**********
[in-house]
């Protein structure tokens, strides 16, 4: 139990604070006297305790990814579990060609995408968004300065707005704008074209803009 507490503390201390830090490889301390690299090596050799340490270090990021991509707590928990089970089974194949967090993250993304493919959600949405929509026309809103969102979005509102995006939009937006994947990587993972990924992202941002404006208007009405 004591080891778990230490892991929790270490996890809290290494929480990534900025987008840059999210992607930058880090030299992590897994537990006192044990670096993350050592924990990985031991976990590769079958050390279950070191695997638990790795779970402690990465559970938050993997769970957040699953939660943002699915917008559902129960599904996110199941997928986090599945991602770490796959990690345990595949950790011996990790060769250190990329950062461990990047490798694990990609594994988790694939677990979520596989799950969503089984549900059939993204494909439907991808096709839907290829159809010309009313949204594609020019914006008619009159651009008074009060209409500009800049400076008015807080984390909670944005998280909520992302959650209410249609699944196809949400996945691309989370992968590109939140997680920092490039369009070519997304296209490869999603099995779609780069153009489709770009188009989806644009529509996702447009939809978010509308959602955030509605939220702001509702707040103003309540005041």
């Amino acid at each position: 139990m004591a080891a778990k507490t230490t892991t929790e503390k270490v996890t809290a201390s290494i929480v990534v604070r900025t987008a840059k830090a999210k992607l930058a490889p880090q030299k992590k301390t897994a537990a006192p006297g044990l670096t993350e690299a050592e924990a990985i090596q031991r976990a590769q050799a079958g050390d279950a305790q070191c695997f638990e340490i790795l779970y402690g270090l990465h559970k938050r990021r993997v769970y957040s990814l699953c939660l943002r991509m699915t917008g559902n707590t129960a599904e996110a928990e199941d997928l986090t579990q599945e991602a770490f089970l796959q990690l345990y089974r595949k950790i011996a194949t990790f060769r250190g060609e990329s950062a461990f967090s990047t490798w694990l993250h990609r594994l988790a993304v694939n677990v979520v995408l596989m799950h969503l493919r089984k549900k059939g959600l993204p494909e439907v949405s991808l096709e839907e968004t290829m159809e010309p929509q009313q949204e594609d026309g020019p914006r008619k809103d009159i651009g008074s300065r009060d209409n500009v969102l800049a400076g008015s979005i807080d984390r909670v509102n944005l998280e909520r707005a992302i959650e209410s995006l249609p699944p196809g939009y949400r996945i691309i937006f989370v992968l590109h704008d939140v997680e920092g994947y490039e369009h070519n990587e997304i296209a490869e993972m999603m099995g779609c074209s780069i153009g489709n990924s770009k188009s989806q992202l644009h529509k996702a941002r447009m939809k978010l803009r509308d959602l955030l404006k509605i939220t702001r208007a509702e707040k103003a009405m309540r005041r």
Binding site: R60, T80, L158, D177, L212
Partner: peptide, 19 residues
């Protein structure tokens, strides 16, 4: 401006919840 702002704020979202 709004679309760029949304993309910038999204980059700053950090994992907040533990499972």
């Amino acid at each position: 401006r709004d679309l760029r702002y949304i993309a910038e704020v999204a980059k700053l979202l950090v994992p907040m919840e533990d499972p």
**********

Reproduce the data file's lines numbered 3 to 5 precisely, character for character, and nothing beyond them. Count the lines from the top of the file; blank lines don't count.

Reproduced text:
């Amino acid at each position: 139990m004591a080891a778990k507490t230490t892991t929790e503390k270490v996890t809290a201390s290494i929480v990534v604070r900025t987008a840059k830090a999210k992607l930058a490889p880090q030299k992590k301390t897994a537990a006192p006297g044990l670096t993350e690299a050592e924990a990985i090596q031991r976990a590769q050799a079958g050390d279950a305790q070191c695997f638990e340490i790795l779970y402690g270090l990465h559970k938050r990021r993997v769970y957040s990814l699953c939660l943002r991509m699915t917008g559902n707590t129960a599904e996110a928990e199941d997928l986090t579990q599945e991602a770490f089970l796959q990690l345990y089974r595949k950790i011996a194949t990790f060769r250190g060609e990329s950062a461990f967090s990047t490798w694990l993250h990609r594994l988790a993304v694939n677990v979520v995408l596989m799950h969503l493919r089984k549900k059939g959600l993204p494909e439907v949405s991808l096709e839907e968004t290829m159809e010309p929509q009313q949204e594609d026309g020019p914006r008619k809103d009159i651009g008074s300065r009060d209409n500009v969102l800049a400076g008015s979005i807080d984390r909670v509102n944005l998280e909520r707005a992302i959650e209410s995006l249609p699944p196809g939009y949400r996945i691309i937006f989370v992968l590109h704008d939140v997680e920092g994947y490039e369009h070519n990587e997304i296209a490869e993972m999603m099995g779609c074209s780069i153009g489709n990924s770009k188009s989806q992202l644009h529509k996702a941002r447009m939809k978010l803009r509308d959602l955030l404006k509605i939220t702001r208007a509702e707040k103003a009405m309540r005041r």
Binding site: R60, T80, L158, D177, L212
Partner: peptide, 19 residues